Set within the political context of the Cuban Missile Crisis in the early 1960's, Charles Xavier (James McAvoy) is an up-and-coming Professor whose life is drastically altered when he is introduced to the other members of society who also share the same mutant gene as himself that supplies them with super-human abilities and traits. After stumbling upon the shape-shifting Raven (Jennifer Lawrence) within his mansion, the telepathic Xavier then encounters Erik Lehnsherr (Michael Fassbender), the son of Jewish parents who were murdered during the holocaust by the narcissistic former Nazi scientist, Sebastian Shaw (Kevin Bacon). Erik, who can manipulate all metal objects around himself, wants retribution and nothing more from Sebastian who is now a successful and evil underground figurehead who commands a team of mutants (Azazel, Emma Frost and Riptide) to do his bidding for him. But, once his plan for world domination is revealed, they find that it far exceeds the constraints of humanity, and Xavier, Erik and a rag-tag band of young, hide-away mutants (Havok, Beast, Darwin, Angel and Banshee) who were discovered by Charles, must combine their powers in one last attempt to stop Shaw from destroying the planet and humanity as a whole.

Instantly where 'X-Men: First Class' works is in regards to its two central characters; Charles Xavier played by an incredibly affluently sounding James McAvoy and a rage-fuelled Erik Lehnsherr played by a stern-faced Michael Fassbender. Their instant on-screen chemistry provides the drive and ammunition for the plot to carry itself forward. Both characters have differing ideologies and their constant clashes due to this aspect allow the script to be brought to life. Instead of simply infusing their relationship with formulaic violent clashes, Vaughn has instead opted for more articulated verbal battles between the two characters regarding their stance within the society they are now becoming a part of. Xavier is an intellectual being who believes that humans will eventually be accepted within society as equals alongside humans, while Lenhsherr believes that mutants will always be hunted and unable to live peacefully side-by-side with the human race, his evidence for this resides in the anti-Semitism and hatred he received at the hands of the Nazi party during the holocaust. This heavy-set contradiction in ideologies allows their relationship to be imbued with pessimism, while they may be shown as friends and fighting together initially, fans of the comic books and films in general know this does eventually turn into a bitter rivalry and it's this development which drives the plot forward.

Aside from the script, it would also be rude to not praise the action-sequences which take place within the confines of the 1960's X-Men universe. With a modest running time at two hours and ten minutes, there are more than a few well-choreographed action sequences that would adequately satisfy any of comic-book-to-film aficionado's wishing to see this film. Each character's power or ability is at some point represented in a destructive or defensive capacity, taking full advantage of the fact that while many super-hero movies tend to concentrate on the aesthetic nature of the artillery characters can be seen to withstand from governmental agencies or blindsided human opponents, here it is shown and constantly emphasized that human reaction would be futile due to the overwhelming power the mutants possess. These scenes also allow the less important characters to show their physical presence on-screen. For example, during the climactic fight sequence at the conclusion of the film, every mutant character that is identified to the audience is finally shown using their abilities to full capacity, most notably the henchmen of Shaw and the rag-tag team of Xavier and Lehnsherr. This therefore accounts slightly for the lack of depth that has been attempted in these secondary characters due to the time and story constraints.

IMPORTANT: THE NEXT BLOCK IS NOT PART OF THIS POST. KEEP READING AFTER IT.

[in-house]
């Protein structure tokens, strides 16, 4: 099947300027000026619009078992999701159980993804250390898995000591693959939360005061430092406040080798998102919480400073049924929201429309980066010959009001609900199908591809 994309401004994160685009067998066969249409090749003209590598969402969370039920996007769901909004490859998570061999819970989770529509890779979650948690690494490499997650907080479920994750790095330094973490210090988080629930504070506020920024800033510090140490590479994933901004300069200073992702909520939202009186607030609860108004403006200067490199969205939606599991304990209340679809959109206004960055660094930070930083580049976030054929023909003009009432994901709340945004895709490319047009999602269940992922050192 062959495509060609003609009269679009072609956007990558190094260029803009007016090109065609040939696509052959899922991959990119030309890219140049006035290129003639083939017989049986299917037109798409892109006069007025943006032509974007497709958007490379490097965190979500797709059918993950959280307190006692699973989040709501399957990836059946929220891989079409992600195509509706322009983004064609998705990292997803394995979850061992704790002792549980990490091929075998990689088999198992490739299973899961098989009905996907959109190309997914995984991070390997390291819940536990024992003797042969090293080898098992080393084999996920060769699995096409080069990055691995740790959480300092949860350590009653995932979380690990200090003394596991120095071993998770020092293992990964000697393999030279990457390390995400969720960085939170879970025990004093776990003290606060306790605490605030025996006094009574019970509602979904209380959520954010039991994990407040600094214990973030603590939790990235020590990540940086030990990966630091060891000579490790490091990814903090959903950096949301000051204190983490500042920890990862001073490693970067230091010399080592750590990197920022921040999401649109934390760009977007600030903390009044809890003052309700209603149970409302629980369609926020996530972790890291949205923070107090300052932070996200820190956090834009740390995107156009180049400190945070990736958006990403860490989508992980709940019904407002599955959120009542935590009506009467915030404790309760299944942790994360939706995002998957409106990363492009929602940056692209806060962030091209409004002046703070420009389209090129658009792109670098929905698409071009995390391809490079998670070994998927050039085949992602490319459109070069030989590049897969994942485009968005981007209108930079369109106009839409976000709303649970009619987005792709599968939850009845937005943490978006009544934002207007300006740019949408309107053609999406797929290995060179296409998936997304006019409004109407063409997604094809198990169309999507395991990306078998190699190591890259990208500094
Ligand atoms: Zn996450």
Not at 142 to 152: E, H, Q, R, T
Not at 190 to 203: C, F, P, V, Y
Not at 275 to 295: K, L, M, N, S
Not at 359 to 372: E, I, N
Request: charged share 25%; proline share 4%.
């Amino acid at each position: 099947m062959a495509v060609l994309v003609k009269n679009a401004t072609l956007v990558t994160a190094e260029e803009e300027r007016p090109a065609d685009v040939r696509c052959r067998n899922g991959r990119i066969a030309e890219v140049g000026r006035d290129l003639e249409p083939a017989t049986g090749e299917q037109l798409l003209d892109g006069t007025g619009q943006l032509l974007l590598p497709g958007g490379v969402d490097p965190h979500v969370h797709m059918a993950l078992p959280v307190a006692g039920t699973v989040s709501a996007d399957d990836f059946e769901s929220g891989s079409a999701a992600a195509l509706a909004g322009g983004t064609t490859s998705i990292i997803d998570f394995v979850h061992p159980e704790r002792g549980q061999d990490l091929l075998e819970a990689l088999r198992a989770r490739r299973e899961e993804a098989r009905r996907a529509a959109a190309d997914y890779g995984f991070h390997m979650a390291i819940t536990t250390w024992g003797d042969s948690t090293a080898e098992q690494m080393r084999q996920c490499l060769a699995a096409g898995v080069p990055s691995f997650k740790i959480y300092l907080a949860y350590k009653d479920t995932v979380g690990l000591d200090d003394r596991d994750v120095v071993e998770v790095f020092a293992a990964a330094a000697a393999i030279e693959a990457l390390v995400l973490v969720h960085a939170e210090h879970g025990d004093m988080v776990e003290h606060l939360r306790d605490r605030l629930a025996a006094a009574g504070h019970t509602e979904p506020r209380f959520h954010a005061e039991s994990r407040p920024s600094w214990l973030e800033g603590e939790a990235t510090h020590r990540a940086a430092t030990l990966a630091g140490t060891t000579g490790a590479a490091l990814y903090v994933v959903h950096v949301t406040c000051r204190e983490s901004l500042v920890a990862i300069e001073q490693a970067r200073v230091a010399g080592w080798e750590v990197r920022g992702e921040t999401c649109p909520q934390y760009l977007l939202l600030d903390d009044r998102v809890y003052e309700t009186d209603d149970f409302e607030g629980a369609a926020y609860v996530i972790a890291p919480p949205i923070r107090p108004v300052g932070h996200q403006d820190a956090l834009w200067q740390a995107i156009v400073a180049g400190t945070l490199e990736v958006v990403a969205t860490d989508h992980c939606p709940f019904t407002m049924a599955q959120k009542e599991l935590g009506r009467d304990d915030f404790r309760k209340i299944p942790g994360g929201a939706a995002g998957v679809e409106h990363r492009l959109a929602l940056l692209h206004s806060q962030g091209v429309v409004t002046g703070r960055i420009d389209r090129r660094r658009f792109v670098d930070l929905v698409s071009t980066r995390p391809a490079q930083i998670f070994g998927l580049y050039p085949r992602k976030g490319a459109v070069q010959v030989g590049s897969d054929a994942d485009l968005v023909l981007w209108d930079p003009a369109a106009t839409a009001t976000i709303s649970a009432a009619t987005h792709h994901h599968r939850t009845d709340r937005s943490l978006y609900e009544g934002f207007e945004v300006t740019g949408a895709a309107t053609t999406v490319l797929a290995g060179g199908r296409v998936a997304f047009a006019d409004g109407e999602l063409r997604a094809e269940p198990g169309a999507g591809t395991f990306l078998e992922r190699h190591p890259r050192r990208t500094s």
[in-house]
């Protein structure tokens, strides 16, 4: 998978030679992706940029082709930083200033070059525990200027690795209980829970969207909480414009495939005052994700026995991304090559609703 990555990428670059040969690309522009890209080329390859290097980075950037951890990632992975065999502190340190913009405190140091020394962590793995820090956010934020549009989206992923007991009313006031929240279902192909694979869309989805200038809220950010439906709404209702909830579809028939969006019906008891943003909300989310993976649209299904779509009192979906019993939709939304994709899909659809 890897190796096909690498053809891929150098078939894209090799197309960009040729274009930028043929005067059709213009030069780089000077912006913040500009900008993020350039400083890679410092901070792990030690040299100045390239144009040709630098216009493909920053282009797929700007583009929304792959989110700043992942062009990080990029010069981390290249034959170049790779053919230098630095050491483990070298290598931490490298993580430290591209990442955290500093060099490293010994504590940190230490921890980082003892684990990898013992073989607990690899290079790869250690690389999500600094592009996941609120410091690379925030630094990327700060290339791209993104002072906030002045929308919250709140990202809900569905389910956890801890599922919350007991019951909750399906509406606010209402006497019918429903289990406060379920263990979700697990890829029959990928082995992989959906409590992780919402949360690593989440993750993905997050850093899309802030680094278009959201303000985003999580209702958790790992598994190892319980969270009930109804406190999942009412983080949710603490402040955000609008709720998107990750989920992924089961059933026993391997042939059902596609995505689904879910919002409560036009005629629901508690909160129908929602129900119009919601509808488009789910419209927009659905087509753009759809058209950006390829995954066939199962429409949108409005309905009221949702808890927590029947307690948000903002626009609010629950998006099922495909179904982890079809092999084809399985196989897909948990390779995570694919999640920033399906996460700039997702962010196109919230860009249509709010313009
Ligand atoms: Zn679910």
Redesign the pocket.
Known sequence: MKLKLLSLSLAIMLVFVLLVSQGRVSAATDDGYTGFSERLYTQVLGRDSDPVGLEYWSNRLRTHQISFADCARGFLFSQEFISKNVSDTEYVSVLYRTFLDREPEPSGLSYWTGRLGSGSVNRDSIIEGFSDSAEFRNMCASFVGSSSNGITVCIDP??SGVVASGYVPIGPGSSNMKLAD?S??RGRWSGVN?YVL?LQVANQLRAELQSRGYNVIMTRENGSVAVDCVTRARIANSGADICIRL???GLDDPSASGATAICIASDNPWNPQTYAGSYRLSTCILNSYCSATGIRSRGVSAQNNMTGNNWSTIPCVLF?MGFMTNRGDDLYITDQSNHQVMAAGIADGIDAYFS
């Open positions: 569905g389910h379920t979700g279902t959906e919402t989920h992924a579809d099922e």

While it is a very good and accessible comic-book/super-hero movie, 'X-Men' does also contain two central flaws. The first is superseded in a way by the strength of both McAvoy and Fassbenders performances, as Kevin Bacon is constantly overshadowed as the one-dimensional antagonist of the piece. His plot to ultimately destroy humanity becomes second fiddle to the ever intricate complex relationship between Xavier and Lehnsherr, and his appearance seems too modelled upon that of a James Bond villain. He has the slick hair, the beautiful women and the villainous underground Club to boot, but Bacon unfortunately doesn't have the charisma to be accepted as a worthy opponent to the protagonists. The other flaw has to do with a minor aspect of the production itself, as the non-diegetic music, most notably during the action sequences, begins to diminish in its impact as the film carries on, leading to it eventually becoming the generic, genre-related fanfare associated with the conventional comic-book films.

'X-Men: First Class,' is not your typical comic-book movie, it may contain certain elements associated with the comic-book genre, but by placing a heavy emphasis upon the strength of the plot and the script at the film's core instead of the action-set-pieces taking place, Vaughn has intended, and succeeded, in transcending the stereotypical conventions of the genre and has created a film which will appeal to a wide range of audience members.